Boutiques Point to Silver Lining
While it's been hard spotting the silver lining in this difficult period for the hospitality industry, I may have found it last month at the inaugural Lifestyle/Boutique Hotel Development Conference Lodging Hospitality and HVS Hotel Management sponsored at the Fontainebleau Hotel in Miami Beach. If you were there, you heard speakers and talked to attendees who were nearly universal in their belief that boutique and lifestyle hotels may point the way out of the downturn.
As several speakers remarked, boutique hotels are good investment vehicles when properly designed, positioned, marketed and perhaps most importantly, operated. They're often more expensive to build and operate than a plain-vanilla hotel, but as Cambean Hospitality founder Brian Scheinblum contended, the rewards can clearly outweigh the risks when done right.
Another reason to consider the boutique and lifestyle segment is the changing fortunes of the luxury hotel business. As public perceptions and tastes veer away from over-the-top displays of consumer excess, many hotel guests are seeking alternative lodging that may not be a Ritz or a Four Seasons, but which offers high levels of design, interesting food and beverage and superb service. That sounds a lot like an intimate boutique in New York City or even a new lifestyle property in suburban USA. Again, service is the key. As Raul Leal, president of Desires Hotels, told the conference attendees, "We're selling experiences, not rooms."
It was also heartening to see the large turnout for the event (about 275 people), including many developers and entrepreneurs seeking to get into the business for the first time. A good example was Annalisa Cariveau, a Minneapolis-based entrepreneur who's developing a large upscale and sustainable residential and resort development in the northern woods of Wisconsin that will include a boutique hotel. She was in Miami to learn more about the hotel business and find partners to help realize her dream. If you listen to the mainsteam media, you'd think it's a terrible time to develop, or even dream to develop, real estate, but it's people like Annalisa who will direct us out of the darkness. The entrepreneurial spirit was alive and well in Miami.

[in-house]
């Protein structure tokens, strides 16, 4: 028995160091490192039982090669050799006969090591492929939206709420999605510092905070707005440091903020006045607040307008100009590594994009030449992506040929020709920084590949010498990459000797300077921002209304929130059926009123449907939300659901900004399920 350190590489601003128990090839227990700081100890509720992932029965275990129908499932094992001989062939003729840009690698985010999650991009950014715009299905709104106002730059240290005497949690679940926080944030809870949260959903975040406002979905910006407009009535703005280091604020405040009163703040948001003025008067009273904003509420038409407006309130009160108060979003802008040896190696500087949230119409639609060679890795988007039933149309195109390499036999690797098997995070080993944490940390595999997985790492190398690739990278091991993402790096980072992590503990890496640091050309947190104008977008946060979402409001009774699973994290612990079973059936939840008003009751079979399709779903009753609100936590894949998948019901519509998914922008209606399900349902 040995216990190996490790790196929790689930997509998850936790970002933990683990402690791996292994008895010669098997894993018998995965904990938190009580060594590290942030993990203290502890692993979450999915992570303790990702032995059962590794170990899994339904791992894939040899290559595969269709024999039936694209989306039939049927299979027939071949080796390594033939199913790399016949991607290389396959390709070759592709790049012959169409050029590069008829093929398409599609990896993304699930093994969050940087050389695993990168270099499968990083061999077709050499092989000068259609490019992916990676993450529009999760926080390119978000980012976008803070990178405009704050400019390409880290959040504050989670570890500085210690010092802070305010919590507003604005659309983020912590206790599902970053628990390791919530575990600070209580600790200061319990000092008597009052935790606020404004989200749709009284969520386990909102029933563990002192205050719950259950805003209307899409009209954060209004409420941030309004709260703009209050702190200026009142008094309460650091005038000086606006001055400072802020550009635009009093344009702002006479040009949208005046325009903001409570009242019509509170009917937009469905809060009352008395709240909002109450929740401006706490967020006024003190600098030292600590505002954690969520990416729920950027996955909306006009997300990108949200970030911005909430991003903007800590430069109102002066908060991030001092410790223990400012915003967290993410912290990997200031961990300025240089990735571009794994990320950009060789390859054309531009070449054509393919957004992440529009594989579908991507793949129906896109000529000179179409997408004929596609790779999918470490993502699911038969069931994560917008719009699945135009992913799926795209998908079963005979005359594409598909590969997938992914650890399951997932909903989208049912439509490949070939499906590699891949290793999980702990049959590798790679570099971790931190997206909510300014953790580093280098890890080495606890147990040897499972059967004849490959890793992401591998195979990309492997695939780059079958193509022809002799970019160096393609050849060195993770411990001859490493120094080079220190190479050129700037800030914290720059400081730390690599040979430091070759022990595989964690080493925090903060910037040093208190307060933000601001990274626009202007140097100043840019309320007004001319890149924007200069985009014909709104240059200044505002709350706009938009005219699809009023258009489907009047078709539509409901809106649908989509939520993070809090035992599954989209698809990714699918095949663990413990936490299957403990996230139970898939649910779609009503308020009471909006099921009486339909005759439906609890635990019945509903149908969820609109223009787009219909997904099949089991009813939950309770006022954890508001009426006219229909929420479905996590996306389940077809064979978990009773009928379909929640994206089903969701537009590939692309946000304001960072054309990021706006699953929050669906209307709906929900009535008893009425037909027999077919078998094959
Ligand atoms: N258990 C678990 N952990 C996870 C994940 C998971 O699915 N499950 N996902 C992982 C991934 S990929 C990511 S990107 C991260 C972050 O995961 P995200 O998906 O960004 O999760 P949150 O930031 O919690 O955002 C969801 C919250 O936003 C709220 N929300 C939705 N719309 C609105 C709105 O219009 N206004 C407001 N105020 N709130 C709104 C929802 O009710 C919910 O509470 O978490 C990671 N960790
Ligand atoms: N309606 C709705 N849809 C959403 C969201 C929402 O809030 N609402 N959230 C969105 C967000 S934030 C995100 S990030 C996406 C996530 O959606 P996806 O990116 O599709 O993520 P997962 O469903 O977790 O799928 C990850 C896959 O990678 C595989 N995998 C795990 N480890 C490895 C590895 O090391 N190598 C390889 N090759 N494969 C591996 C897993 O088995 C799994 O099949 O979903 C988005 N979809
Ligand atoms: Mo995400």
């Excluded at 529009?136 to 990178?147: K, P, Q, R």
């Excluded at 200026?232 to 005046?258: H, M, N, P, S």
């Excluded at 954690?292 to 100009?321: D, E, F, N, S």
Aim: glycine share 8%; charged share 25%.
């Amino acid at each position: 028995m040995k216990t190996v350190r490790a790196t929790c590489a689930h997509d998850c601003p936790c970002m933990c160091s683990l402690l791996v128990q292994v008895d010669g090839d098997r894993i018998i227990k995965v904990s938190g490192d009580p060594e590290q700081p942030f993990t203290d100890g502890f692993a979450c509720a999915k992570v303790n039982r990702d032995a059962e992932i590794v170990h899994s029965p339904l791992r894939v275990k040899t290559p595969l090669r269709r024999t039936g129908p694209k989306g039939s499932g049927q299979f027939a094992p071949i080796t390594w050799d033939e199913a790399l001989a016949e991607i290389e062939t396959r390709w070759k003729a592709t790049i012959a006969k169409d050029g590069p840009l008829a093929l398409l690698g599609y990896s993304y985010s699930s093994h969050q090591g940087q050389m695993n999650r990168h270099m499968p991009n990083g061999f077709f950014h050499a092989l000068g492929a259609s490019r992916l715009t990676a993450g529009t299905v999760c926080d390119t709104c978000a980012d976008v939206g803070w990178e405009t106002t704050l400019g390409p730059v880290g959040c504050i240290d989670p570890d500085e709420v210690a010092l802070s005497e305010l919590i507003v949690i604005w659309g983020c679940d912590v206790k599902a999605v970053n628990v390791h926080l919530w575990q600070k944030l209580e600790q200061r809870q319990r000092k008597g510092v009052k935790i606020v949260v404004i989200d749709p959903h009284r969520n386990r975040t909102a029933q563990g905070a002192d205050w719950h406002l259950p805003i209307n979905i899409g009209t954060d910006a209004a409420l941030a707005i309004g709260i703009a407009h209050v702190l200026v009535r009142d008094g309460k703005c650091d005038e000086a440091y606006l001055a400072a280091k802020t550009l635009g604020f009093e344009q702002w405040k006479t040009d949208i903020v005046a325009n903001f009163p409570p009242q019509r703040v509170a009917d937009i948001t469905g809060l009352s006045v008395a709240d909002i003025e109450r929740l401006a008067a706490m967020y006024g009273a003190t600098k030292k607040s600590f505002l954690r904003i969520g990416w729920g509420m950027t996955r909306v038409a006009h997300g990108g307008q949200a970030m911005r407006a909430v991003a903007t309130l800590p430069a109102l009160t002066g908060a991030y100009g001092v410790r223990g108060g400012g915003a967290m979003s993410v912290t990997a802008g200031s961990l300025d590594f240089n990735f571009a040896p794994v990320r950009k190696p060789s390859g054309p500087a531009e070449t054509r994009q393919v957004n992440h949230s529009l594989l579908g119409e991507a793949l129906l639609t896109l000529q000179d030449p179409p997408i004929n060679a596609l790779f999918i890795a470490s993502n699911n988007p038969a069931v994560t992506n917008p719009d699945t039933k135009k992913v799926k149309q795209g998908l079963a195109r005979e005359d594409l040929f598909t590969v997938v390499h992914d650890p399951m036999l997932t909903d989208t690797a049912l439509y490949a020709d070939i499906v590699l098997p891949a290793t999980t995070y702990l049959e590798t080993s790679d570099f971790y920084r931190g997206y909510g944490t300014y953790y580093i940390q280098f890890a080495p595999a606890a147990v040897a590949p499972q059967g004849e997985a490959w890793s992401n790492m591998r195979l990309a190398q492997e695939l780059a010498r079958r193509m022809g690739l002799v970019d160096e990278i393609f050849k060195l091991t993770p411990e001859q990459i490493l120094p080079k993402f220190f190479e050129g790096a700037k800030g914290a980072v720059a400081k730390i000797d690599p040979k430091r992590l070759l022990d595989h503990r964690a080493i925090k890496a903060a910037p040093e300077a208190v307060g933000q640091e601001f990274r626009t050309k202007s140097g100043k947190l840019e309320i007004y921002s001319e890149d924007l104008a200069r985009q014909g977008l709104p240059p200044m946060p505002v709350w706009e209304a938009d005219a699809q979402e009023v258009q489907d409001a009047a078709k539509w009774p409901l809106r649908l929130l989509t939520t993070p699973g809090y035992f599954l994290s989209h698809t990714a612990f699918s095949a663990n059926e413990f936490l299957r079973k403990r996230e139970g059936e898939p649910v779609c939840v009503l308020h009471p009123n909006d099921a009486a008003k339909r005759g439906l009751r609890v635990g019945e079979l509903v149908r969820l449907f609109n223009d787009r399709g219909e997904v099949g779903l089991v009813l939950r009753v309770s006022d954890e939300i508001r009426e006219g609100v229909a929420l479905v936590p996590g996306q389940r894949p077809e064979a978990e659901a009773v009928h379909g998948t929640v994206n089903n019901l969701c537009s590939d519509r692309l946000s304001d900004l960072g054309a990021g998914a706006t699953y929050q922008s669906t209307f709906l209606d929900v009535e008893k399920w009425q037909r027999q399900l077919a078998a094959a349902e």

Sure, times are tough, but smart, creative and well-capitalized business people will respond when given the right opportunity. Robert Kaplan of Olympian Capital Group was the most bullish of conference speakers. He believes so strongly in the power of capitalism he's sure the system won't allow the trillions of dollars of at-risk hotel and other real estate to go into an abyss. "There are many smart people working to create a mechanism to liquefy the debt that's coming due in the next few years," he told a panel on exit strategies. It's that kind of optimism that will save the industry. It can't happen soon enough.
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